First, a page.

This is told in alternating POVs, which can either make or break a YA novel. I feel like this novel would have benefited from only being one POV, that POV being Ben, the male hero. Ellie’s POV isn’t fleshed out and she has more of a mysterious vibe, which isn’t a good thing to have on an equal footing story that is based off of Cinderella. There are fairies in this story, which makes the plot more entertaining, but the Cinderella plot isn’t really anything new or original. Cinderella is one of the most popular stories ever and this doesn’t really diverge or offer a new perspective on the story. It’s cliched… I mean it has the coveted three challenges that ever fairytale of retelling has to have. This novel is a little too long, which sounds crazy because this novel is only 289 pages. The problem lies with the fact that the climax happens before the last 50 pages. It’s unnecessary and anti-climactic.

Whimsical Writing Scale: 1.75

The main female character is Ellie. Ellie is a typical Cinderella cardboard cutout. She really offers nothing new to the Cinderella character, not like there is much to offer since Cinderella is a bit of a drab character as it is. Ellie’s biggest drawback as a character is her lack of authenticity, she feels more like a mystery that needs to be solved than a person. She’s a manic-pixie-dream-girl in an 1876 fantasy story. She also is obsessed with some stranger named Hamilton Scott. She just needs to reevaluate her priorities because she is supposed to be focused on breaking a curse not getting a boyfriend. She’s naïve and silly. I want a Cinderella heroine with a good head on her shoulders who can navigate her way out of a situation. Ellie is not that.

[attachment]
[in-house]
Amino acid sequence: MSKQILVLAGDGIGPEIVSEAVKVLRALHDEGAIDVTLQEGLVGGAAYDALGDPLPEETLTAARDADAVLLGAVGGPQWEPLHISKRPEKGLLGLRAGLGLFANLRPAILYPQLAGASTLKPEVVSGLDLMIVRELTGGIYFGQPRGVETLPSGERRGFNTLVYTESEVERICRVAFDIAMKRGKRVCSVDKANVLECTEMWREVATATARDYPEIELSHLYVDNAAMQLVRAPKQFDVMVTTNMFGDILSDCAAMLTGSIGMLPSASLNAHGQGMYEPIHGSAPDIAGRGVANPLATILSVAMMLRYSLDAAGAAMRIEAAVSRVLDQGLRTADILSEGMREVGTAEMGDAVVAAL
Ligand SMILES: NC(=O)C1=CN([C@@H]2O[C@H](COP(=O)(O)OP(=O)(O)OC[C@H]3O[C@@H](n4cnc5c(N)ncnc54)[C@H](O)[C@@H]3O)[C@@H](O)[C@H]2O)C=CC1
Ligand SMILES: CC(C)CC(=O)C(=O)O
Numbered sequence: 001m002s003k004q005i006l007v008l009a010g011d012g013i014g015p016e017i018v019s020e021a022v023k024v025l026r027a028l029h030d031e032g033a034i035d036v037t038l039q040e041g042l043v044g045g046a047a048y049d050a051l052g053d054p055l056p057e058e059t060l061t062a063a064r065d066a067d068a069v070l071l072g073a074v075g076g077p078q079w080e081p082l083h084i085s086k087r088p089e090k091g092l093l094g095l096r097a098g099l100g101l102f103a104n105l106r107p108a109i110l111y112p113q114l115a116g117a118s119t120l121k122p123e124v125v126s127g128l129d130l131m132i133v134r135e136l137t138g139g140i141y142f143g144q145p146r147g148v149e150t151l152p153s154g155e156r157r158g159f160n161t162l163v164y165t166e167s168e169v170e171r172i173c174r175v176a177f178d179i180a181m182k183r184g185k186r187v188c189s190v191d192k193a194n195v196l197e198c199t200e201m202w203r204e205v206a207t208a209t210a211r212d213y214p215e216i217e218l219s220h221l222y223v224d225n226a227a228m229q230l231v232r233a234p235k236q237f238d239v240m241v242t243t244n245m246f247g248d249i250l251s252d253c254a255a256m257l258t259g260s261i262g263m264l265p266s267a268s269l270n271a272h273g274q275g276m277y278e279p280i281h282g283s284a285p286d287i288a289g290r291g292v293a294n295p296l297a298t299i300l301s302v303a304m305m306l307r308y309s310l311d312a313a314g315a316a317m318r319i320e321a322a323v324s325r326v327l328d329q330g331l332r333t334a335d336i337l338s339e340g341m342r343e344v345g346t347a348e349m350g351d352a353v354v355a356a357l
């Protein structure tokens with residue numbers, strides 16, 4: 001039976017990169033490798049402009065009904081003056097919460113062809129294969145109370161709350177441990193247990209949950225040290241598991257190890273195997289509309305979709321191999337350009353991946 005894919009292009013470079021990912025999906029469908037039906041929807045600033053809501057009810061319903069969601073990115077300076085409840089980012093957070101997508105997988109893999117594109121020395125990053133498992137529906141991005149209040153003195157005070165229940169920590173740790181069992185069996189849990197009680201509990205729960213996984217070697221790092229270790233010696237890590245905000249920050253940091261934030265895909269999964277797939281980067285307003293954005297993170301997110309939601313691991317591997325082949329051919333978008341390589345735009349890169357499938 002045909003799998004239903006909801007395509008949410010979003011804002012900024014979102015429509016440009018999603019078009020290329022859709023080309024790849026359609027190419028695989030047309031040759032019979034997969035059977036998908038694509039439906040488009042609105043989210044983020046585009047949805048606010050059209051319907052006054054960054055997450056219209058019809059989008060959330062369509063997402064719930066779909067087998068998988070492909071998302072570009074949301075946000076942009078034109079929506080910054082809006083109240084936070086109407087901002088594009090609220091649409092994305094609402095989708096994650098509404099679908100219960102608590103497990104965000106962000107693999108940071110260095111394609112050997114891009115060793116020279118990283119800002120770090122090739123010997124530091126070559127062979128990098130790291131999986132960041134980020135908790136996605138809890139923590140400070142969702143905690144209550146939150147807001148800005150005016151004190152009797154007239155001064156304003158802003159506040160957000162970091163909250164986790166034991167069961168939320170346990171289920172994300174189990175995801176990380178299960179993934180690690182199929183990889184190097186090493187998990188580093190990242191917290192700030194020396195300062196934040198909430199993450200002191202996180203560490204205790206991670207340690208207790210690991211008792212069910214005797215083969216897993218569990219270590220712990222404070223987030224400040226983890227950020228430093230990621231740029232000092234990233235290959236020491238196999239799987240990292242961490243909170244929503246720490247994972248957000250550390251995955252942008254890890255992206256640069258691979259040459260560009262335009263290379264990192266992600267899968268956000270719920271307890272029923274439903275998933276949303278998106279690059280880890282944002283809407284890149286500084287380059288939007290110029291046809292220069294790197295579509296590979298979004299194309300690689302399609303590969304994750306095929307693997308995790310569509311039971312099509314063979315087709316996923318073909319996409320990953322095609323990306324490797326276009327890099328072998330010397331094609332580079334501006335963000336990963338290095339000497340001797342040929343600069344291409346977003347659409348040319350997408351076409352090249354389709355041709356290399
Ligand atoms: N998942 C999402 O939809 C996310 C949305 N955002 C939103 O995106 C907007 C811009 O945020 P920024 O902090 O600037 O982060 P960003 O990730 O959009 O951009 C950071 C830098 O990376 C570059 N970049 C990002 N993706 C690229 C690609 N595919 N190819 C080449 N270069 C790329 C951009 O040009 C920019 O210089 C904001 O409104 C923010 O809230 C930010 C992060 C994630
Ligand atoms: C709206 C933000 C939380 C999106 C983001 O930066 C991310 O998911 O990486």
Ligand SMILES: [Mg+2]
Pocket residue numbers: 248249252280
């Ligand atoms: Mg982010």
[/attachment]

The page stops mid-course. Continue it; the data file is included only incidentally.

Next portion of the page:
Kick-Butt Heroine Scale: 1.25

The main male character is Ben. Ben is a magician/ inventor of illusions and this makes for a very interesting hobby. I don’t think I’ve ever come across a character with a passion quite like this before and it is one of the more interesting aspects of this novel. Ben is kind of a creep though. He is constantly mooning over Ellie and I just don’t care about how the sun sets and falls behind her “beautiful” face.

Swoon Worthy Scale: 2

The Villain
- It’s your typical evil stepmother and while her grand scheme was interesting it was rushed and typical.

Villain Scale: 1.75

One shining light in this story is that Rebecca, the stepsister, isn’t portrayed as an evil villain. It’s a nice change of pace from the usual evil stepsister trope. Hamilton Scott didn’t need to be a character. OK. Bye.

Character Scale: 2

The ending was predictable, cliched, and unsatisfying. The whole novel felt poorly executed and did nothing to placate my hunger for a good book. Alas this one wasn’t meant for me, but it may be your cup of tea. If you are a fan of Cinderella and steampunk, then this will probably be a fun, enticing novel for you.

Plotastic Scale: 2

Cover Thoughts: It’s not horrible, but it is kind of cringey.

Thank you, Netgalley and Curiosity Quills Press for providing me with a copy of this book in exchange for an honest review.

What are some of your favorite Cinderella retellings? Books and movie recommendations would be lovely! Let me know down below in the comments!

Tuesday, June 20, 2017

Recommendations: Feminist Books


Hey, everyone! I hope you are having a lovely summer and are reading lots of books. If you aren't sure what your next read is then look no further than this video. I am recommending a wide range of books that I feel personally encompass and represent what feminism means to me. Feminism means different things to different women and men and I think that each of these novels shows feminism in different perspectives. 

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Have you read any of these books? What are some of your favorite feminist novels? Let me know down below in the comments!

Friday, June 16, 2017

The Highland Commander by Amy Jarecki


The Highland Commander by Amy Jarecki

Second in the Lords of the Highlands series

4 stars